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Cineplex sold two subsidiaries: WorldGaming Network, which runs e-sports tournaments for amateurs and semi-professionals, and Collegiate StarLeague, which works with 11,000 post-secondary teams. The firm declined to disclose the value of the deal. (The Logic)

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Talking point: The divestiture comes after Cineworld pulled out of its planned US$2.1-billion takeover of Cineplex, and the movie-theatre chain reported a first quarter loss of $178.4 million. However, the deal has been in the works for some time. “Late last year, we began the search for a strategic equity partner for our esports business,” Cineplex spokesperson Sarah Van Lange told The Logic. “We are confident that this is the right direction for them and look forward to their exciting future.” In 2015, Cineplex bought a majority stake in WorldGaming for US$10 million and promised to invest a further US$5 million to grow its e-sports division. The business has grown under Cineplex’s leadership. In 2017, Collegiate Starleague had 900 schools signed up. That number has now more than doubled to over 1,800.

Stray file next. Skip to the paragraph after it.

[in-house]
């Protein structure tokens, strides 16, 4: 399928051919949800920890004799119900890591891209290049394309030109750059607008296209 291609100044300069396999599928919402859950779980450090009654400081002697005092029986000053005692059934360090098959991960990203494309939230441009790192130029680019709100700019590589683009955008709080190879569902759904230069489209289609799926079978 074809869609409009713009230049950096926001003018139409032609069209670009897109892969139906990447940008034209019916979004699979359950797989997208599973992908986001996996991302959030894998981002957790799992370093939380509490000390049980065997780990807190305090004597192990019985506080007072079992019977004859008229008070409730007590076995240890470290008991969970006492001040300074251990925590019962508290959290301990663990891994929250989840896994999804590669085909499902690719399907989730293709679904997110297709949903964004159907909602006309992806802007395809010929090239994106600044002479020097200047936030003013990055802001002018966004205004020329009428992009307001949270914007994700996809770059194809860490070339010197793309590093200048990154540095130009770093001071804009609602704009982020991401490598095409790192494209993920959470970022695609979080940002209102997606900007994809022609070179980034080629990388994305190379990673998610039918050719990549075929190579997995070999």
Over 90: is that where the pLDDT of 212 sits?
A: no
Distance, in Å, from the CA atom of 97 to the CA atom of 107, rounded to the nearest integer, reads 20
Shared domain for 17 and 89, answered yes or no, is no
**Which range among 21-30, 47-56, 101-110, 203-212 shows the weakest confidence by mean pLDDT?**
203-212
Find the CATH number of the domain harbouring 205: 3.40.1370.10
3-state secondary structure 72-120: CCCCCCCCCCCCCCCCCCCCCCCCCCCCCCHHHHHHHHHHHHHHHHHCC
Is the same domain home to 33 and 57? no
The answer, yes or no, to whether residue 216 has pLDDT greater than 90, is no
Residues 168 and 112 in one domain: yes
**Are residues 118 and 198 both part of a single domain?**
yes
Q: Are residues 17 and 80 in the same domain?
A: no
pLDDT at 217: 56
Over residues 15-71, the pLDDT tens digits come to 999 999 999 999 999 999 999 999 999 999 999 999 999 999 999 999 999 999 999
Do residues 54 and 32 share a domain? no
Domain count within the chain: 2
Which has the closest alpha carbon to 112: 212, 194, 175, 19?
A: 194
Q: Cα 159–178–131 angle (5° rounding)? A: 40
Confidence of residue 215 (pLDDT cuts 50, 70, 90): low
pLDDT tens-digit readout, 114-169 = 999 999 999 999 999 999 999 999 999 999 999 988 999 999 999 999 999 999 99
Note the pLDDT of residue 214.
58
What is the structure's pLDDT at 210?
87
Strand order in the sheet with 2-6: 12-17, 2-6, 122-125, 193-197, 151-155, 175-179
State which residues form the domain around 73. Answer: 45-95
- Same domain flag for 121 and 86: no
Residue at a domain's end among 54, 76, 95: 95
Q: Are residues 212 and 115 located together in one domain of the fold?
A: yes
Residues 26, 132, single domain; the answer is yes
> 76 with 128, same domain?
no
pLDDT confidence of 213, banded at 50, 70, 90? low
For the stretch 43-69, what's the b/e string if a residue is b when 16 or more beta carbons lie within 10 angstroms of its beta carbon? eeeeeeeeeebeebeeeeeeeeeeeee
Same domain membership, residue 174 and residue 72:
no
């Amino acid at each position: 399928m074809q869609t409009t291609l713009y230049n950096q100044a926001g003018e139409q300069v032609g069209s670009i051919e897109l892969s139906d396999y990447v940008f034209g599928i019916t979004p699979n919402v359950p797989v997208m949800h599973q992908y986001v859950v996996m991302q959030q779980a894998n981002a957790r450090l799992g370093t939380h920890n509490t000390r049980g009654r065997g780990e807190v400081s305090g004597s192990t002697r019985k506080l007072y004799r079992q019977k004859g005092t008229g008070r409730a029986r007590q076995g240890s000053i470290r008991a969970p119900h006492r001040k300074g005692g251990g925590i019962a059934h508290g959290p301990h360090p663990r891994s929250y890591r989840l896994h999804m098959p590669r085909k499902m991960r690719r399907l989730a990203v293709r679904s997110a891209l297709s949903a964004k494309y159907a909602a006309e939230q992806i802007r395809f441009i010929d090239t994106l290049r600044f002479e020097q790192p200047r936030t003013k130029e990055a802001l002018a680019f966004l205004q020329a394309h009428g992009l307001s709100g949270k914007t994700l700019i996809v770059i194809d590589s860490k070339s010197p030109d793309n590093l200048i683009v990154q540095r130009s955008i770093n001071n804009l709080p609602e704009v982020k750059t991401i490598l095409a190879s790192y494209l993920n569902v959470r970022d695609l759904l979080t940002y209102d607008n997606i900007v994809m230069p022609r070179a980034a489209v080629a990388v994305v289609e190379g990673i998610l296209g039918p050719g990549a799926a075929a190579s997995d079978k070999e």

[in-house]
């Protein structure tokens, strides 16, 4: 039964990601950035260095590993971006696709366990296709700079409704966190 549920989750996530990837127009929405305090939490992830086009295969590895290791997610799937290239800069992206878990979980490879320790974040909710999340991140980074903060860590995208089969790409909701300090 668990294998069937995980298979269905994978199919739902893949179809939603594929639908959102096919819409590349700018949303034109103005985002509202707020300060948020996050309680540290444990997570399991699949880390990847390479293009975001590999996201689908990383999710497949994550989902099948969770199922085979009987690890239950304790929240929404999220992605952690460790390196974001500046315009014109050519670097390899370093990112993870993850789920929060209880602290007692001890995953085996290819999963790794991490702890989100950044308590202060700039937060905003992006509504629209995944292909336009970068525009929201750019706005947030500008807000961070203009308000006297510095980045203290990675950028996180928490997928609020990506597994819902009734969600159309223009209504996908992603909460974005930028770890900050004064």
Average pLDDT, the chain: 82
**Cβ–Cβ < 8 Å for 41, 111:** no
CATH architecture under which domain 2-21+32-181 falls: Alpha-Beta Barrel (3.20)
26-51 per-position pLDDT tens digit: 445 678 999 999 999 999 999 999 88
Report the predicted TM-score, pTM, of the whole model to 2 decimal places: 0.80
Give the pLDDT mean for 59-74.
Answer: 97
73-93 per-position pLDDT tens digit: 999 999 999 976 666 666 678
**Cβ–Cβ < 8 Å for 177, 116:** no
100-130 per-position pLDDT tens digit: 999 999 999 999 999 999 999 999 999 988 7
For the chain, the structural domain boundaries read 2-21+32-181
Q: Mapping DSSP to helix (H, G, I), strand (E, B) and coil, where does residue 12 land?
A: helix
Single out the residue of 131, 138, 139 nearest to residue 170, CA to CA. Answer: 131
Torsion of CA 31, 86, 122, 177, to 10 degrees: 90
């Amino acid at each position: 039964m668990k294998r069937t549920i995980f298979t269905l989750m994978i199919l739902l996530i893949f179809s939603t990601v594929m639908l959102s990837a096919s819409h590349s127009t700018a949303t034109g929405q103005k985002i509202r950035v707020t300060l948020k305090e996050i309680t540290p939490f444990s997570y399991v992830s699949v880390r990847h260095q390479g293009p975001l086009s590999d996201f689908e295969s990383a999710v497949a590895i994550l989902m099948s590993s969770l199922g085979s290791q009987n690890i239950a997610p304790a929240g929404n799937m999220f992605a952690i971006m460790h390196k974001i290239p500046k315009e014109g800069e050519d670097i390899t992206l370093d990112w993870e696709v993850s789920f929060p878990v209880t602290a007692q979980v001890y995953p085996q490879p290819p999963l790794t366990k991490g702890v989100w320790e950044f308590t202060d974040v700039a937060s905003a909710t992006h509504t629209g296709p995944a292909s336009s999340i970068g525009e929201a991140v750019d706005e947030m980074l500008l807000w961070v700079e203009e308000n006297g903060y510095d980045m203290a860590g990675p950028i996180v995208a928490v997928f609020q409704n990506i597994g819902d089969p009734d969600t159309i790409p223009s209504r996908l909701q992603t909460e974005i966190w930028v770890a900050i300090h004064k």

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Former StarCraft 2 player Kevin Ryoo, who went by the screen name “SeleCT,” put out a call on Twitter for programming jobs. Tobi Lütke responded with an internship offer, saying Ryoo’s “Starcraft accomplishments are enough of a CV.” Ryoo played StarCraft for the internationally renowned Team Dignitas before retiring in 2014 to pursue a computer-science education. (The Logic)